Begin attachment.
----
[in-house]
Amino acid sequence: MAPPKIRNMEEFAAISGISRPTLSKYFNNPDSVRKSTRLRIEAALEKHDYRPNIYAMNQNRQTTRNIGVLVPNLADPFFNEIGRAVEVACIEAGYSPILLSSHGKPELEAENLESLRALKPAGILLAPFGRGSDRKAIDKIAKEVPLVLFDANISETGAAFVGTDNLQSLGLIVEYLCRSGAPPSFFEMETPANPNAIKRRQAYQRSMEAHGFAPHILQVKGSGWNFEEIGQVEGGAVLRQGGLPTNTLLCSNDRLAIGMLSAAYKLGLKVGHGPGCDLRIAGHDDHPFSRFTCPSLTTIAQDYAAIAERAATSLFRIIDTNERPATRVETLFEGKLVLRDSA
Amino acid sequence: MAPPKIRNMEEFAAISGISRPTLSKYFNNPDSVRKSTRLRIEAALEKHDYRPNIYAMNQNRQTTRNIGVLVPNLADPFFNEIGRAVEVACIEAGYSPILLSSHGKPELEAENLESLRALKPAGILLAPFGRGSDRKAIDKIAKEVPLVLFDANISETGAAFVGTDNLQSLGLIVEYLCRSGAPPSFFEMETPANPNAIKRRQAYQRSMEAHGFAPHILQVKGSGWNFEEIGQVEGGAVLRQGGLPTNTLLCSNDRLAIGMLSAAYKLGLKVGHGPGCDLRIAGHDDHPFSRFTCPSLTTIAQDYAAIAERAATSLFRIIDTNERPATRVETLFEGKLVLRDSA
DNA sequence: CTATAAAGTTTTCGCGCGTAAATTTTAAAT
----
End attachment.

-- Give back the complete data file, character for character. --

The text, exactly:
[in-house]
Amino acid sequence: MAPPKIRNMEEFAAISGISRPTLSKYFNNPDSVRKSTRLRIEAALEKHDYRPNIYAMNQNRQTTRNIGVLVPNLADPFFNEIGRAVEVACIEAGYSPILLSSHGKPELEAENLESLRALKPAGILLAPFGRGSDRKAIDKIAKEVPLVLFDANISETGAAFVGTDNLQSLGLIVEYLCRSGAPPSFFEMETPANPNAIKRRQAYQRSMEAHGFAPHILQVKGSGWNFEEIGQVEGGAVLRQGGLPTNTLLCSNDRLAIGMLSAAYKLGLKVGHGPGCDLRIAGHDDHPFSRFTCPSLTTIAQDYAAIAERAATSLFRIIDTNERPATRVETLFEGKLVLRDSA
Amino acid sequence: MAPPKIRNMEEFAAISGISRPTLSKYFNNPDSVRKSTRLRIEAALEKHDYRPNIYAMNQNRQTTRNIGVLVPNLADPFFNEIGRAVEVACIEAGYSPILLSSHGKPELEAENLESLRALKPAGILLAPFGRGSDRKAIDKIAKEVPLVLFDANISETGAAFVGTDNLQSLGLIVEYLCRSGAPPSFFEMETPANPNAIKRRQAYQRSMEAHGFAPHILQVKGSGWNFEEIGQVEGGAVLRQGGLPTNTLLCSNDRLAIGMLSAAYKLGLKVGHGPGCDLRIAGHDDHPFSRFTCPSLTTIAQDYAAIAERAATSLFRIIDTNERPATRVETLFEGKLVLRDSA
DNA sequence: CTATAAAGTTTTCGCGCGTAAATTTTAAAT